Why I Started Using Obsidian

28 February, 2021 | 3 min read

For the longest time, I've been using Notion for all my work. Note-taking, personal systems, task management, calendar - you name it.

But some things began bothering me about Notion. Recently it's been slow and less reliable than it used to be. This is to expected with online services that receive a massive influx in users. But it started bothering me.

What if I couldn't access my data?

That's when I started looking at other tools. It's not that I wanted to leave Notion - even partly - but I wanted to see what other tools were available.

First, I looked at Roam Research. I fell in love with the backlinking feature, which allows you to connect your notes. But Roam is expensive. And even worse, there's been a lot of buzz about data loss recently. That's a no-go.

I went back to Notion. I tried to emulate backlinks using Notion's backlinking feature. It worked fine, but it has a lot of limitations.

Then I stumbled upon Obsidian. At first, I thought it was a watered-down version of Roam and that I wouldn't even consider using it. I was wrong. Very, very wrong.

What is Obsidian?

In short, Obsidian is a free tool that allows you to work with local markdown files.

It sounds pretty simplistic. And it is. But at the same time, it's super powerful. Instead of listing everything you can do with Obsidian, I'll list what I especially like about it - and why I like it.

Your data belongs to you.

Every file you have in Obsidian is a file on your computer. You are in complete control over them. That also means you are in control of keeping them safe on your computer. What if you spill coffee and your computer stops working? Well, that's on you.

Luckily, you can sync your vault using your favorite cloud-sync provider. I'm pretty paranoid about data loss. That's why I use both Obsidian Sync, which is their native sync along with a Git integration. This is a pretty redundant solution, but it works, and I can sleep at night because of it.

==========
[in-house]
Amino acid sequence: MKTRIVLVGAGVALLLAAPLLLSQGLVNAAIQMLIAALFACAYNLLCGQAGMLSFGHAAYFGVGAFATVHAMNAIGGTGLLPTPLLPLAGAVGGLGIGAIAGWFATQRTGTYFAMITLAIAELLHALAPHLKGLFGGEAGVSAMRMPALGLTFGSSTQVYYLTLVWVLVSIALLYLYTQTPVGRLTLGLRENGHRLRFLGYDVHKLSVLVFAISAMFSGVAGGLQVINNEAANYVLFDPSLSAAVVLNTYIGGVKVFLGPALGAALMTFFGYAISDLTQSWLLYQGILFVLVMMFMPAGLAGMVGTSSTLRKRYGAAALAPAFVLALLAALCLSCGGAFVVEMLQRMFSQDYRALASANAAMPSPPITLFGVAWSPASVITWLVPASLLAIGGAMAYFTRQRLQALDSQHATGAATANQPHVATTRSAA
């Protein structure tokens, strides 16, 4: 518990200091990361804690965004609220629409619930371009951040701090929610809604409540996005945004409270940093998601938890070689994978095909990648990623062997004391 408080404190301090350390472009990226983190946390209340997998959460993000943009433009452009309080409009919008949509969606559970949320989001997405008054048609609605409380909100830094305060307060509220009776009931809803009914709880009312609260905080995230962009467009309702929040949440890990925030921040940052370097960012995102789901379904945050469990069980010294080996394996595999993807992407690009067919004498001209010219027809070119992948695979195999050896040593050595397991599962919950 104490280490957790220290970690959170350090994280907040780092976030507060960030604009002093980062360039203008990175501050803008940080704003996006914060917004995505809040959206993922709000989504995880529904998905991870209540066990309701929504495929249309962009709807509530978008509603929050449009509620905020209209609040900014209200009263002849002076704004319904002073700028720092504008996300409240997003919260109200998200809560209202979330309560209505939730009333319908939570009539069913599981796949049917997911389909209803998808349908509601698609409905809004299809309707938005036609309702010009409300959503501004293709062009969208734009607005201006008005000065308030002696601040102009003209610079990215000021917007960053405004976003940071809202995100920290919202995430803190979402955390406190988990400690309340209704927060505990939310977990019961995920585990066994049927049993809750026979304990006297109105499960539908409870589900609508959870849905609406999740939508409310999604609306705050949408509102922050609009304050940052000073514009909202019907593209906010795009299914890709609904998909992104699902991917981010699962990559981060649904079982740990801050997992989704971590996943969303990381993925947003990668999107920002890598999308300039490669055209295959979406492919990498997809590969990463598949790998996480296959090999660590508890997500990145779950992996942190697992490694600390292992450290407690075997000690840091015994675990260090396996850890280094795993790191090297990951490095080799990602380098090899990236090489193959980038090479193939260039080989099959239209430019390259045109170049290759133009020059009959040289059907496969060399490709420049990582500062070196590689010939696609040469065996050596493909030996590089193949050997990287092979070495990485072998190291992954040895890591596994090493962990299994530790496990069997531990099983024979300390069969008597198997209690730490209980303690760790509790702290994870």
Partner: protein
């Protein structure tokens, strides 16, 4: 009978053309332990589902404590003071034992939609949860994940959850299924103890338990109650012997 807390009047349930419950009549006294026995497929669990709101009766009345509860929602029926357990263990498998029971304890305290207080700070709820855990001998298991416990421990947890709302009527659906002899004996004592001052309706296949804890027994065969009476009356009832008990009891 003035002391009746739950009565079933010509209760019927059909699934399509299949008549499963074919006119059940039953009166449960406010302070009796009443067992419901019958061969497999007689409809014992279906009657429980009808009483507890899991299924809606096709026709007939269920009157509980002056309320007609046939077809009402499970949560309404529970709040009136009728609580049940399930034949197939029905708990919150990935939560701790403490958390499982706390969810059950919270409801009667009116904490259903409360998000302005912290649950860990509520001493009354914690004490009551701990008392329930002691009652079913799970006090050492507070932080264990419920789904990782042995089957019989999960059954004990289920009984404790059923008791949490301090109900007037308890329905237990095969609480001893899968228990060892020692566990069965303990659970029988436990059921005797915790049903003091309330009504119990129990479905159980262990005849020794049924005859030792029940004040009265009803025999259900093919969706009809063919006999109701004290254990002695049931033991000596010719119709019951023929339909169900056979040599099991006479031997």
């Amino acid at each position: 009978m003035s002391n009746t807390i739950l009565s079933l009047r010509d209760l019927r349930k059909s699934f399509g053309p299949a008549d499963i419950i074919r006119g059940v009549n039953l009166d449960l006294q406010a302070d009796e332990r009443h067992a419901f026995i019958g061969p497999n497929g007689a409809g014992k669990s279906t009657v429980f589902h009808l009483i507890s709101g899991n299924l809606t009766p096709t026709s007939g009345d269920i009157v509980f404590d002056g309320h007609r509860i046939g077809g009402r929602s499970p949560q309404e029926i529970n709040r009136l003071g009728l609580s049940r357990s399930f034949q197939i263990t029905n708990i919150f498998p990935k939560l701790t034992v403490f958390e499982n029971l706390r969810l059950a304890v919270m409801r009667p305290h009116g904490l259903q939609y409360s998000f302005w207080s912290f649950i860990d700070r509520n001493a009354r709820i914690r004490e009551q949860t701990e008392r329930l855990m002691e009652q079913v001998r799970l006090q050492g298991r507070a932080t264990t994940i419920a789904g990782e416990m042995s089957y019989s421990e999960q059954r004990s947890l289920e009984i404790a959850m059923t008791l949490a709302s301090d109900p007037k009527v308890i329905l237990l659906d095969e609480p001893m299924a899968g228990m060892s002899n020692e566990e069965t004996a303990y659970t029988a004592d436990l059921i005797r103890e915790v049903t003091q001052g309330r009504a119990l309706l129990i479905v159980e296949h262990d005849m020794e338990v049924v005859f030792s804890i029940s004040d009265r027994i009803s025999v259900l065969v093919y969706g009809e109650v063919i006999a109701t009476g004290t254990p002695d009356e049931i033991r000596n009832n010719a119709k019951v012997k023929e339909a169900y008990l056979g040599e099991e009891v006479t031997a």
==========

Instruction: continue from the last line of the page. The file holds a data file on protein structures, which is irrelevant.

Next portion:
Customizability: Plugins and Themes

Obsidian has a lot of options for customizing your workspace. You can customize the look using themes. You can customize everything else using plugins. And if it doesn't exist, you can make it yourself.

This is one of my favorite features. The community can build things that they find useful and share them.

For example, you can embed your Todoist tasks on any of your notes. You can make a plugin automatically extract flashcards from Obsidian to Anki.

All this makes automation for lots of things possible. It's exciting to see what will be developed. Heck, I've even played around with it myself.

Of course, this is one of the most powerful features of Obsidian. You can make connections between your notes.

Explaining why this is great deserves its own post. But I can't leave you hanging, so I'll try to make it brief. By abandoning the top-down structure that most note-taking apps compel you to, you're free to connect ideas and concepts. The idea that you can take a concept from one school of thought and apply it in another is very powerful.

These are some of my most favorite features so far. Obsidian encourages a whole new way of thinking about notes. I'm not completely there yet, but I already feel lots of benefits.

It feels like Obsidian encourages you to think more on your own. To think freely. Connect ideas. That's my favorite feature of all. Because that's what any note-taking program should: facilitate thinking.

With other note-taking programs I've used, I felt as if I were collecting hordes of information and resources. I didn't get to process them. It ended up feeling as if my notes were not my own. And that's because they weren't. They were collections of other people's thoughts.

Looking at them, I didn't feel any joy. I didn't feel that I had accomplished anything. But looking at my graph, I get that feeling. I feel like I've earned every single dot and the lines between them.

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